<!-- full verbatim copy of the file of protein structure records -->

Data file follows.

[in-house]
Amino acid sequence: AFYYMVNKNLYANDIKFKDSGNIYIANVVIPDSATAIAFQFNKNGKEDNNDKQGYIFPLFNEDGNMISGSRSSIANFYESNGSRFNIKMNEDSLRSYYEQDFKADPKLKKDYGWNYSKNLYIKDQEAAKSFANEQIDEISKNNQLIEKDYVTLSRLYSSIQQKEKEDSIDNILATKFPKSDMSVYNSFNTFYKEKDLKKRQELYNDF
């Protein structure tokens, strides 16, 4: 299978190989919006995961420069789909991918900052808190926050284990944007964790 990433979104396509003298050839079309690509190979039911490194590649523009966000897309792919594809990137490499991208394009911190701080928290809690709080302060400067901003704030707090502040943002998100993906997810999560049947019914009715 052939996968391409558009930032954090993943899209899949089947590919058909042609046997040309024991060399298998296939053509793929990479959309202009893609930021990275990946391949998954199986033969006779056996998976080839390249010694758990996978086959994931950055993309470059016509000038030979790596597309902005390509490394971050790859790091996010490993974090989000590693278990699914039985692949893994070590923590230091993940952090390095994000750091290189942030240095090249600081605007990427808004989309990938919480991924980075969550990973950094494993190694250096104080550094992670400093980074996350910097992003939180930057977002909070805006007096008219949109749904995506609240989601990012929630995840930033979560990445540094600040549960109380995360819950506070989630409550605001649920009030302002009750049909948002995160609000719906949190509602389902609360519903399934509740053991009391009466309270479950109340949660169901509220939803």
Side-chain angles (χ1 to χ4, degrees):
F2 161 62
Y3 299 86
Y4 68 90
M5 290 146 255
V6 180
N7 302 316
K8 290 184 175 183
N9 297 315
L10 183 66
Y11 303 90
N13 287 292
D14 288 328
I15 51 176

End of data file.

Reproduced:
[in-house]
Amino acid sequence: AFYYMVNKNLYANDIKFKDSGNIYIANVVIPDSATAIAFQFNKNGKEDNNDKQGYIFPLFNEDGNMISGSRSSIANFYESNGSRFNIKMNEDSLRSYYEQDFKADPKLKKDYGWNYSKNLYIKDQEAAKSFANEQIDEISKNNQLIEKDYVTLSRLYSSIQQKEKEDSIDNILATKFPKSDMSVYNSFNTFYKEKDLKKRQELYNDF
């Protein structure tokens, strides 16, 4: 299978190989919006995961420069789909991918900052808190926050284990944007964790 990433979104396509003298050839079309690509190979039911490194590649523009966000897309792919594809990137490499991208394009911190701080928290809690709080302060400067901003704030707090502040943002998100993906997810999560049947019914009715 052939996968391409558009930032954090993943899209899949089947590919058909042609046997040309024991060399298998296939053509793929990479959309202009893609930021990275990946391949998954199986033969006779056996998976080839390249010694758990996978086959994931950055993309470059016509000038030979790596597309902005390509490394971050790859790091996010490993974090989000590693278990699914039985692949893994070590923590230091993940952090390095994000750091290189942030240095090249600081605007990427808004989309990938919480991924980075969550990973950094494993190694250096104080550094992670400093980074996350910097992003939180930057977002909070805006007096008219949109749904995506609240989601990012929630995840930033979560990445540094600040549960109380995360819950506070989630409550605001649920009030302002009750049909948002995160609000719906949190509602389902609360519903399934509740053991009391009466309270479950109340949660169901509220939803």
Side-chain angles (χ1 to χ4, degrees):
F2 161 62
Y3 299 86
Y4 68 90
M5 290 146 255
V6 180
N7 302 316
K8 290 184 175 183
N9 297 315
L10 183 66
Y11 303 90
N13 287 292
D14 288 328
I15 51 176